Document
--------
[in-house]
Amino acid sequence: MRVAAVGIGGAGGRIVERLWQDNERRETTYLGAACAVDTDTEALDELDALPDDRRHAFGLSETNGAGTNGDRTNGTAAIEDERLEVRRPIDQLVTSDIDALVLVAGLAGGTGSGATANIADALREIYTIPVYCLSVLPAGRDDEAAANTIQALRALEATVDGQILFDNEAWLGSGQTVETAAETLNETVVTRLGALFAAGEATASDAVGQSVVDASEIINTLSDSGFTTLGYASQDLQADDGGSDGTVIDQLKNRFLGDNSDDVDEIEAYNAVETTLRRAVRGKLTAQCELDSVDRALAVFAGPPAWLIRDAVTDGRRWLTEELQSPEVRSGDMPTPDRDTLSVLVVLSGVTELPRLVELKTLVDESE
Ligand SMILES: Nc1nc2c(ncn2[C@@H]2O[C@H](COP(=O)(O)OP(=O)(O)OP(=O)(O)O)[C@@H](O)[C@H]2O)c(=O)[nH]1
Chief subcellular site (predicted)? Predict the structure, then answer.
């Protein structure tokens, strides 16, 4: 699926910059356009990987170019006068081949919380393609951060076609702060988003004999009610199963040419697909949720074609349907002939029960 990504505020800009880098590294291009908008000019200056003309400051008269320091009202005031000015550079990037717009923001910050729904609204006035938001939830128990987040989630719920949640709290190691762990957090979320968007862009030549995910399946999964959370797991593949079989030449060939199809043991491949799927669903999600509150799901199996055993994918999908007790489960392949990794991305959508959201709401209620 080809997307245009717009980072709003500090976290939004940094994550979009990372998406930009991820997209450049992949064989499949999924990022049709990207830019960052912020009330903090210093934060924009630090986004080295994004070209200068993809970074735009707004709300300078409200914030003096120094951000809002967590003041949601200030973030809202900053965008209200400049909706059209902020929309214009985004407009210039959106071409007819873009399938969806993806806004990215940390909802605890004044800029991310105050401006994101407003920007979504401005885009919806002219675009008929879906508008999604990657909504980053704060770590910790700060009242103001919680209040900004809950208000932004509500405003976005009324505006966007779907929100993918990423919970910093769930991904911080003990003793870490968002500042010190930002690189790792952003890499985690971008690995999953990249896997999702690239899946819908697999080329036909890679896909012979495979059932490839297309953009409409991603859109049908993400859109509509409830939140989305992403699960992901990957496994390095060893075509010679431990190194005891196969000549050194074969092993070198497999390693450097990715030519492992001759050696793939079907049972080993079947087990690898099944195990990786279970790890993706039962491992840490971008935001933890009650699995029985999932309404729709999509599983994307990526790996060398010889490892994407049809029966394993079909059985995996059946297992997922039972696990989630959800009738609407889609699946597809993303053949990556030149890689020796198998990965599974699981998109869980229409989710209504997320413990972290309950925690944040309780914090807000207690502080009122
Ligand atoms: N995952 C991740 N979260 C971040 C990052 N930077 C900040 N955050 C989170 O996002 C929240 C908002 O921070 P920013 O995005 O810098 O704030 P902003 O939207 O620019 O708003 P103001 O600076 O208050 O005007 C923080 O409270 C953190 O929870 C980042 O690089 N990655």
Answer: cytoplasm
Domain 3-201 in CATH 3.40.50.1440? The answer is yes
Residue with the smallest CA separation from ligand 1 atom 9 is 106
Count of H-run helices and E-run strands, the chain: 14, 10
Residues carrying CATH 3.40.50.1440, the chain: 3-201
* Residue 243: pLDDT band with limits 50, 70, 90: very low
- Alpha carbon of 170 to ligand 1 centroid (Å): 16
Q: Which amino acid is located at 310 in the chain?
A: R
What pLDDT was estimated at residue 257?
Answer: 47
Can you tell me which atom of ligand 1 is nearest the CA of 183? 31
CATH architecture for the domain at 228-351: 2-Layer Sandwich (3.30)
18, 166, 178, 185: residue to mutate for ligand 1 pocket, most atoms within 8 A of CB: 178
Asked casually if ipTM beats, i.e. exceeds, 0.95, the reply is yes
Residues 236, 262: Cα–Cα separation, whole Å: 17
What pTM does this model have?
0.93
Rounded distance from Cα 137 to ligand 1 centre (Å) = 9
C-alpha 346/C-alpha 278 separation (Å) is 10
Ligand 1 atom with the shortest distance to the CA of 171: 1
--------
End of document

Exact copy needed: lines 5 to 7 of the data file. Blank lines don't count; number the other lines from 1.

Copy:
């Protein structure tokens, strides 16, 4: 699926910059356009990987170019006068081949919380393609951060076609702060988003004999009610199963040419697909949720074609349907002939029960 990504505020800009880098590294291009908008000019200056003309400051008269320091009202005031000015550079990037717009923001910050729904609204006035938001939830128990987040989630719920949640709290190691762990957090979320968007862009030549995910399946999964959370797991593949079989030449060939199809043991491949799927669903999600509150799901199996055993994918999908007790489960392949990794991305959508959201709401209620 080809997307245009717009980072709003500090976290939004940094994550979009990372998406930009991820997209450049992949064989499949999924990022049709990207830019960052912020009330903090210093934060924009630090986004080295994004070209200068993809970074735009707004709300300078409200914030003096120094951000809002967590003041949601200030973030809202900053965008209200400049909706059209902020929309214009985004407009210039959106071409007819873009399938969806993806806004990215940390909802605890004044800029991310105050401006994101407003920007979504401005885009919806002219675009008929879906508008999604990657909504980053704060770590910790700060009242103001919680209040900004809950208000932004509500405003976005009324505006966007779907929100993918990423919970910093769930991904911080003990003793870490968002500042010190930002690189790792952003890499985690971008690995999953990249896997999702690239899946819908697999080329036909890679896909012979495979059932490839297309953009409409991603859109049908993400859109509509409830939140989305992403699960992901990957496994390095060893075509010679431990190194005891196969000549050194074969092993070198497999390693450097990715030519492992001759050696793939079907049972080993079947087990690898099944195990990786279970790890993706039962491992840490971008935001933890009650699995029985999932309404729709999509599983994307990526790996060398010889490892994407049809029966394993079909059985995996059946297992997922039972696990989630959800009738609407889609699946597809993303053949990556030149890689020796198998990965599974699981998109869980229409989710209504997320413990972290309950925690944040309780914090807000207690502080009122
Ligand atoms: N995952 C991740 N979260 C971040 C990052 N930077 C900040 N955050 C989170 O996002 C929240 C908002 O921070 P920013 O995005 O810098 O704030 P902003 O939207 O620019 O708003 P103001 O600076 O208050 O005007 C923080 O409270 C953190 O929870 C980042 O690089 N990655």
Answer: cytoplasm